NetHomeless

Study Reveals Encampment Sweeps Are Harmful to Homeless People’s Health


Healthcare Providers Offer Insight on How Street Sweeps Impact the Health of People Experiencing Homelessness

A recent study found that street sweeps of homeless encampments may be harmful to the health of people experiencing homelessness.

The study is the first to examine the health impacts of street sweeps, which municipalities across the country regularly conduct as part of their efforts to move unhoused people out of public spaces. Cities like San Francisco, where the research for the study is based, conduct such sweeps on a daily or weekly basis, spending millions of dollars to push people experiencing homelessness out of the public’s view. These efforts, however, rarely result in housing for the people they affect.

The study utilized data from San Francisco from September 2019 to January 2020. Researchers recruited 39 healthcare providers who worked with people experiencing homelessness (PEH), asking them open-ended questions to gather data on how their clients’ health was affected by street sweeps.

According to the data, there was substantial evidence the sweeps caused not only material losses for PEH, including medications and mobility devices, but several downstream health impacts that would continue to afflict the community long after the sweep was done.

Sweeps Cause Loss of Material Possessions, Medications, Uproot Communities, Endanger Follow-up Care

When municipal agencies clear out encampments, they dispose of everything they find there—even though those things belong to someone. This includes survival gear, food, phones, money, personal mail, and even the ashes of loved ones.

“It’s like you come home from work and the house you’ve lived in for years has burned down, and you have nothing now,” said one outreach worker who responded to the questionnaire. “All your memories and everything that is near and dear to you is gone.”

And it’s not just sentimental items. Medical supplies are often lost in street sweeps, including prescriptions for opioid use disorder and chronic illnesses like hepatitis C and HIV. This is often next to impossible to replace, according to one doctor.

“Insurance companies… do not want to replace lost or stolen medications, and this often takes many phone calls, paperwork, extensive advocacy to get people their medications — often resulting in the patient not being on medication for weeks to even months,” the doctor said.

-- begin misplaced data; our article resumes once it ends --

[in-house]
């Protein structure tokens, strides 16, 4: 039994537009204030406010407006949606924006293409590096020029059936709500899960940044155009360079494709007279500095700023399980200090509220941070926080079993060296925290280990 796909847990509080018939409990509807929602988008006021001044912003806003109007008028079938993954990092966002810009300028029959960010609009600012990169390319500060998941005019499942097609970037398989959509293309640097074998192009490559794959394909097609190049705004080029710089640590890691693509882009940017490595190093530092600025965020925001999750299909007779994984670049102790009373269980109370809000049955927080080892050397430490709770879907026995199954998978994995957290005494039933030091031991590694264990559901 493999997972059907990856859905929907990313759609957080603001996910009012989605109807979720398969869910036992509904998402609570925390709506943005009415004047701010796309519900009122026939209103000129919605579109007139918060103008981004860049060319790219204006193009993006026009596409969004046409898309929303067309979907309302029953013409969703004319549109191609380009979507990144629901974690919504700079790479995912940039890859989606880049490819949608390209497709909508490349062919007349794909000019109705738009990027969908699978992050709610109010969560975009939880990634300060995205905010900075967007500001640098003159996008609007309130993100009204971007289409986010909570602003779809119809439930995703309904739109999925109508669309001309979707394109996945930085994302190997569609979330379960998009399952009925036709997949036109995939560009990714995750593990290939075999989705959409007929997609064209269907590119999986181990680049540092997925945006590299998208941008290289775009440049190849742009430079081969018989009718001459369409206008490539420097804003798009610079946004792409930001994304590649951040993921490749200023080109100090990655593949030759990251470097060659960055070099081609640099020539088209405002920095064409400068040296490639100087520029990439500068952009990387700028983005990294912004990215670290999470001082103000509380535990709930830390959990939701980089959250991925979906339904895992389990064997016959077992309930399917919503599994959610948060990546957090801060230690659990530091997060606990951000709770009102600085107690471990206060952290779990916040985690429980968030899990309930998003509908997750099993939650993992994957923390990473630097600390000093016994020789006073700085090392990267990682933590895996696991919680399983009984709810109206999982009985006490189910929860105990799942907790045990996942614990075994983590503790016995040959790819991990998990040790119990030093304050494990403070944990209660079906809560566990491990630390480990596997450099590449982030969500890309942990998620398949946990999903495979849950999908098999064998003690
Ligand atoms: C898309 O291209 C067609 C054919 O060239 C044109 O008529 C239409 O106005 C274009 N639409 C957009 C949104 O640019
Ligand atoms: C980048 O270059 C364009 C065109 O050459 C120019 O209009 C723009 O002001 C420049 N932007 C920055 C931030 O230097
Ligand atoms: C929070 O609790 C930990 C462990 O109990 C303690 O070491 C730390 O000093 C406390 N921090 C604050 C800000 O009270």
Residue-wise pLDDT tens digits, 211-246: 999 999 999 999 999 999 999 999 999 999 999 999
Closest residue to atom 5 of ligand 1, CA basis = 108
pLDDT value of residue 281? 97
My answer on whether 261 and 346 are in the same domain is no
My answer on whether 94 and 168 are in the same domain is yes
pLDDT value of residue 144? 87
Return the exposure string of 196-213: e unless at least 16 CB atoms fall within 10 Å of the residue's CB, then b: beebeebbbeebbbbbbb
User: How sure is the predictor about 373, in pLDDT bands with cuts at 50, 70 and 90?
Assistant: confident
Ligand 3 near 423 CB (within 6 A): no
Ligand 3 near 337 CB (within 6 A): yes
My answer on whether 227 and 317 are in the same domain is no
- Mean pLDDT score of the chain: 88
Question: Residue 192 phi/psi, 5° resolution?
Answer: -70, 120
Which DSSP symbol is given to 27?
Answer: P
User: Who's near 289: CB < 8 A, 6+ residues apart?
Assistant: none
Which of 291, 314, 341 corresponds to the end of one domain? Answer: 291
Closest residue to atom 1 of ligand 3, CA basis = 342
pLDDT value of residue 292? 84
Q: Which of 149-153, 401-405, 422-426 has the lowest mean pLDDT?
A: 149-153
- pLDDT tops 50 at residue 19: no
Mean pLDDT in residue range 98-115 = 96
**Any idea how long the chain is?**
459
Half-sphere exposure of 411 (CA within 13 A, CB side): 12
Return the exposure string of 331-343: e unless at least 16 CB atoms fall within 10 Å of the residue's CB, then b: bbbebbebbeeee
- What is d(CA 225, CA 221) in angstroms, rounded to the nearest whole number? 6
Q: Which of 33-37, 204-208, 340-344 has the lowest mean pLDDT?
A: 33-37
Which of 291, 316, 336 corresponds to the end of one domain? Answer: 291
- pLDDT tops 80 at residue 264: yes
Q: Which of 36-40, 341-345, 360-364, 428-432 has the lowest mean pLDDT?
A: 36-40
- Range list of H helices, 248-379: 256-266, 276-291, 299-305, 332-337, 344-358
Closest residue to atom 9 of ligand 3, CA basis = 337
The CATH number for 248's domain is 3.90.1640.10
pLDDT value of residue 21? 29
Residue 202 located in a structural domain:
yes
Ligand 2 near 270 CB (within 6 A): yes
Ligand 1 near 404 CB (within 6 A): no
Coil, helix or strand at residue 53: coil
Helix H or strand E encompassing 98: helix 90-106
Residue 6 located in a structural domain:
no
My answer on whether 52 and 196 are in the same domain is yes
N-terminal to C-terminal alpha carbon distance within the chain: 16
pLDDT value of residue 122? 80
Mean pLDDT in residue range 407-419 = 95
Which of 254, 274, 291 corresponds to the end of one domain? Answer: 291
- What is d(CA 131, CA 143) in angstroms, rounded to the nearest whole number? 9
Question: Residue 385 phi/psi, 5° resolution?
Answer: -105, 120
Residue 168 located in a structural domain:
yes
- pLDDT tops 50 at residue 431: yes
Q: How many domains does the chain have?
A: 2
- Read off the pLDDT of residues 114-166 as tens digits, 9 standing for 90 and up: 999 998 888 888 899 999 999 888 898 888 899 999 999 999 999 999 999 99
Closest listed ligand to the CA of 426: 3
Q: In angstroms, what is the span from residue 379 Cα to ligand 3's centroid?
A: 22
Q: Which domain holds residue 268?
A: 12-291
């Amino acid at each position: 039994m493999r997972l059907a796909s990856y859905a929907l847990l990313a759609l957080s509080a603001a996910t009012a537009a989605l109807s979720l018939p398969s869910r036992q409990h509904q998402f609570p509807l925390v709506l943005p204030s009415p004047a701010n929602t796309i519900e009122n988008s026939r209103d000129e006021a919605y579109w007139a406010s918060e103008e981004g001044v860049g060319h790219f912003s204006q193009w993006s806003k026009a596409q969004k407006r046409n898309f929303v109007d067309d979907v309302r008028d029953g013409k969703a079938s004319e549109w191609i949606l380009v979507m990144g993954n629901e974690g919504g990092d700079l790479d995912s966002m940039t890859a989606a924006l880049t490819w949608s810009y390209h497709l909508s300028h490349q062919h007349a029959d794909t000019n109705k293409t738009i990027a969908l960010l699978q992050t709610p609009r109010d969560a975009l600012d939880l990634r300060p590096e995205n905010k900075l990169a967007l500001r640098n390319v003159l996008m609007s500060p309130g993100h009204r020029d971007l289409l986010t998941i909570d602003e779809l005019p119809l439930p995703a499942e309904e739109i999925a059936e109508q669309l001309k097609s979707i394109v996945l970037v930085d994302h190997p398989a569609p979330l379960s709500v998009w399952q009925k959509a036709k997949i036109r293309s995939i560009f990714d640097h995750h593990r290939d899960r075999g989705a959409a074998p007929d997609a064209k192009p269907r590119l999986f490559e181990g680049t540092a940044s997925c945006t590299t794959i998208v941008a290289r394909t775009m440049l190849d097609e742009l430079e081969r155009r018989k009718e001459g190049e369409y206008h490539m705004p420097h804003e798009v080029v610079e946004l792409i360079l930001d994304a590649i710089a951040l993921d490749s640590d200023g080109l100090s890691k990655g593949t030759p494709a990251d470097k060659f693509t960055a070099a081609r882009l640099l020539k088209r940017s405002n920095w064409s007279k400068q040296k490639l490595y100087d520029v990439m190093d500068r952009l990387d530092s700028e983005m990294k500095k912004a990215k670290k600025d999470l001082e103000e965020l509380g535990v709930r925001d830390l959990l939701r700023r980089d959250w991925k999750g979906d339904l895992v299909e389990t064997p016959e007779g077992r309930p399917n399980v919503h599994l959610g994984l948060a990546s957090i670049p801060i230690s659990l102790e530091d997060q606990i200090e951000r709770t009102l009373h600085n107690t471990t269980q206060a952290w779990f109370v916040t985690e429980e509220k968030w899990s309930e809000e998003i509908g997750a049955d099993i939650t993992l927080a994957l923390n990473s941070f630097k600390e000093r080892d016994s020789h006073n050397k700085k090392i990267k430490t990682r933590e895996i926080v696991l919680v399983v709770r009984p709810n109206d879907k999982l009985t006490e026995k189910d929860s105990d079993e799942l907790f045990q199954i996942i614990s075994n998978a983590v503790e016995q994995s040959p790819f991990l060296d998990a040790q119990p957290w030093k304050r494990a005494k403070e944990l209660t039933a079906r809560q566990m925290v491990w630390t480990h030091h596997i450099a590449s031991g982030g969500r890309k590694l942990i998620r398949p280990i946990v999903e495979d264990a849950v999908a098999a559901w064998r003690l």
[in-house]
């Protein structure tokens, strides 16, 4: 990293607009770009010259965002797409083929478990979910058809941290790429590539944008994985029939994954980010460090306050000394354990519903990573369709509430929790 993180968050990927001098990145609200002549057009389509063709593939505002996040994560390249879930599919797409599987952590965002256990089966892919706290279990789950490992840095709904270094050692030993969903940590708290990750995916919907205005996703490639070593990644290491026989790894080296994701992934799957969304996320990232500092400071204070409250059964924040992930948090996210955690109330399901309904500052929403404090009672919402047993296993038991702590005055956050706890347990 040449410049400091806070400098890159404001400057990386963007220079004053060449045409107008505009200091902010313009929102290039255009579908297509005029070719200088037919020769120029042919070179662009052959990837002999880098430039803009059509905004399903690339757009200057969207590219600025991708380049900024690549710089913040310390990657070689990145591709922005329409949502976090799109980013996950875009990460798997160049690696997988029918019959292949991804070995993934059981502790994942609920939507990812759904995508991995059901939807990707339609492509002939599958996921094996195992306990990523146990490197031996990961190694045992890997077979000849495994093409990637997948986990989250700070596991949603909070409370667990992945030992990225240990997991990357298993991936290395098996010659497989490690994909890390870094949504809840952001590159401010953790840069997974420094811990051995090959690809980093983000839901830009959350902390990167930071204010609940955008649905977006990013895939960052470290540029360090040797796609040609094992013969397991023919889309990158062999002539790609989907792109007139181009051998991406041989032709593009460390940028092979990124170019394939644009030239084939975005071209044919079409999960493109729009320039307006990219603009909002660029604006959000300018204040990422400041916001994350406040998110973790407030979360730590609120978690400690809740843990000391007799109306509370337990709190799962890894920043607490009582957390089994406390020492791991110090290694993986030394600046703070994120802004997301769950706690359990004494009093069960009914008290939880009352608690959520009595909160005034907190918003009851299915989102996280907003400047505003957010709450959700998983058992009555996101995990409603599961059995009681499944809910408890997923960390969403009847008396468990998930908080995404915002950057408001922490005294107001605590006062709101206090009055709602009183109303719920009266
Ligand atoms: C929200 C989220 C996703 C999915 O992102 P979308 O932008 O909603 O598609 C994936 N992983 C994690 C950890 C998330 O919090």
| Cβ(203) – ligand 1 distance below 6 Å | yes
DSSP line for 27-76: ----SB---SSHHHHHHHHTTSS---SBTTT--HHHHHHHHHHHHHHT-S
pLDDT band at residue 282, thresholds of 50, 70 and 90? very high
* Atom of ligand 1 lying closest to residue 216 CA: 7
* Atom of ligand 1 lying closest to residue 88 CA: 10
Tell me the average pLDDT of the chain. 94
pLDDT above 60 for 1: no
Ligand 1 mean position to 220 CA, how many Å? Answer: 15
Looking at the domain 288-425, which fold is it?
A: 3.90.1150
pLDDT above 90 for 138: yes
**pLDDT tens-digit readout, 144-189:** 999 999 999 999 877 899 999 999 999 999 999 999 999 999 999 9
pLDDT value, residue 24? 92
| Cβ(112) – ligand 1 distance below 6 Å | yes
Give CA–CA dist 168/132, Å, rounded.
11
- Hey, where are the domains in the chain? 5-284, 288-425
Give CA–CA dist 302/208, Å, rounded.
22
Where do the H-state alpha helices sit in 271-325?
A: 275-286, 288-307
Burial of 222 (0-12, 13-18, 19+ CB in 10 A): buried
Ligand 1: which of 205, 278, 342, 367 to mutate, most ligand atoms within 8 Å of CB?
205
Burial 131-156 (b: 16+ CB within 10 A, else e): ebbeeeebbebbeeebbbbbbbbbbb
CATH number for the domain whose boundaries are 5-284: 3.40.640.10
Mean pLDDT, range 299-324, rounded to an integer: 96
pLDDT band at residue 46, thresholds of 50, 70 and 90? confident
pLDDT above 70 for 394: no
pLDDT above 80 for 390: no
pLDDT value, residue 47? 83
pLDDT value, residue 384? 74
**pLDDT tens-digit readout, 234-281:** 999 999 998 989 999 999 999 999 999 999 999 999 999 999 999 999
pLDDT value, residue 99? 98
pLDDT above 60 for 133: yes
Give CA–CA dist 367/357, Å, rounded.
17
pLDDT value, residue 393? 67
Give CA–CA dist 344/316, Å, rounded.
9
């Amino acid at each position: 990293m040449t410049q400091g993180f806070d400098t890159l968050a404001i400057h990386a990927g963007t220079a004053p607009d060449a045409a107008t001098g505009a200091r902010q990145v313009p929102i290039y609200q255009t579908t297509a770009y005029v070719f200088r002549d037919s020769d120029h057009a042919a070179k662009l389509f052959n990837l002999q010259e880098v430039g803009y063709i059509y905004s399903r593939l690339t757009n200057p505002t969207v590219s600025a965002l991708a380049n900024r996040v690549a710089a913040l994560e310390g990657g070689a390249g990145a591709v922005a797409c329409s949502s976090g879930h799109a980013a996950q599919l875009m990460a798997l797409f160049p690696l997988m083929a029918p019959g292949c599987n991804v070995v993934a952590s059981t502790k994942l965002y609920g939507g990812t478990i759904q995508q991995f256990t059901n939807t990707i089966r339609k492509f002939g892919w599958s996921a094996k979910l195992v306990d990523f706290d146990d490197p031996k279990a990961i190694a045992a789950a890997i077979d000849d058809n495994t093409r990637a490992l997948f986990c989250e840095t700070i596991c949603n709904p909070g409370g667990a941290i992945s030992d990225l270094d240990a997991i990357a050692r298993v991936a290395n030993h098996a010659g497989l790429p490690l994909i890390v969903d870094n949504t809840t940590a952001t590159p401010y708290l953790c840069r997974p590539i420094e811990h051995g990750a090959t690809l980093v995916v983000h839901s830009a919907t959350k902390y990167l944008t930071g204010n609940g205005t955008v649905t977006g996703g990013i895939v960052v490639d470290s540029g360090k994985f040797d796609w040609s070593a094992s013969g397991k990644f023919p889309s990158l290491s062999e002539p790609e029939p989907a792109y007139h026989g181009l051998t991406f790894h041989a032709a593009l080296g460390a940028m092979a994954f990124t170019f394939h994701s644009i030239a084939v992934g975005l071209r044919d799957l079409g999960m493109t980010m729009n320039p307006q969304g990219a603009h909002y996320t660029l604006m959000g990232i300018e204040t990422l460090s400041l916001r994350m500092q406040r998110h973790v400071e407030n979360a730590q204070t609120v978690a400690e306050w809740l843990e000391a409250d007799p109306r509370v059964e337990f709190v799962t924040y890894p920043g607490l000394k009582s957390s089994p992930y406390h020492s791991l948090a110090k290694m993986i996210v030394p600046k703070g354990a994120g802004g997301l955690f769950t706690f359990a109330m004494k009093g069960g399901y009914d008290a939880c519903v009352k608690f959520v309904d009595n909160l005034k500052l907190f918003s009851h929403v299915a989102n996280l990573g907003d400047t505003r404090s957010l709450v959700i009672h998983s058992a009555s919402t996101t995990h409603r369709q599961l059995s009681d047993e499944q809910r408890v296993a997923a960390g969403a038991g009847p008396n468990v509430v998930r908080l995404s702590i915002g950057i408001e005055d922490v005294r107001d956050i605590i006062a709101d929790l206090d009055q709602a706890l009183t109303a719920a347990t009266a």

Going without medication presents other problems.

Individuals with substance abuse issues could go through withdrawal or relapse. Those with chronic conditions could experience exacerbations. People with acute infections who don’t finish their courses of antibiotics may develop antibiotic-resistant strains or spread the infection to others.

In addition to medications, sweeps can result in lost mobility devices like walkers, canes, and wheelchairs. These are even more difficult to replace, and loss of mobility can be devastating.

“Loss of mobility devices also may keep an individual from making it to see a provider, missing meals or food pantry opportunities, and other basic needs may go unmet,” an outreach worker said.

Impaired mobility also raises the risk of injuries and increases vulnerability to violence from others.

Unsurprisingly, health workers said the sweeps are incredibly traumatic for their unhoused patients.

“Sweeps keep patients/clients in crisis mode and add to their history of traumatic experiences,” one outreach worker wrote. “Sweeps are chronic traumatic events in their lives. Patients/clients worry about potential sweeps, [are] triggered by actual sweeps of invasion of their personal space and struggle with the aftermath of confiscated belongings.”

The instability caused by the sweeps—constantly having to replace necessities and search for a new place to stay, in addition to living in fear of the next sweep—results in depression and decreased hope.

“A person can end up feeling like it’s impossible to even try… many of my patients expect the world to be designed to make them fail,” one nurse said. “[T]he sweeps, which force people to give up a small piece of safety and stability they have created, reinforce this view. This can lead people to feeling like there is no point in trying to obtain stability.”

More directly, it makes it nearly impossible for providers to keep up with their patients. They can’t provide follow-up care to patients they can’t find, and patients lose appointment cards and phones in sweeps.

Providers Call for Trauma-Informed Care, More Housing, End to Sweeps

Nearly all of the providers interviewed were critical of street sweeps, calling them “inhumane and in violation of human rights.”

Instead, providers said the city should offer more housing and shelter options, using a “trauma-informed approach incorporating harm reduction principles,” including better training.

Other suggestions included:

  • designated camping areas where services like water, waste disposal, electricity, and clean restrooms are provided
  • storage facilities where unhoused people can safely keep their belongings
  • mental health and substance use treatment services
  • case management services
  • reduction of barriers to accessing services

Sweeps, meanwhile, should be a thing of the past.

“Sweeps are not an effective component of the continuum of care, as sweeps create rapid cycles of displacement and reestablishment of encampments rather than lasting change,” wrote the director of a legal aid service program. “Just driving people from place to place and confiscating their belongings does nothing whatsoever to solve the problem.”

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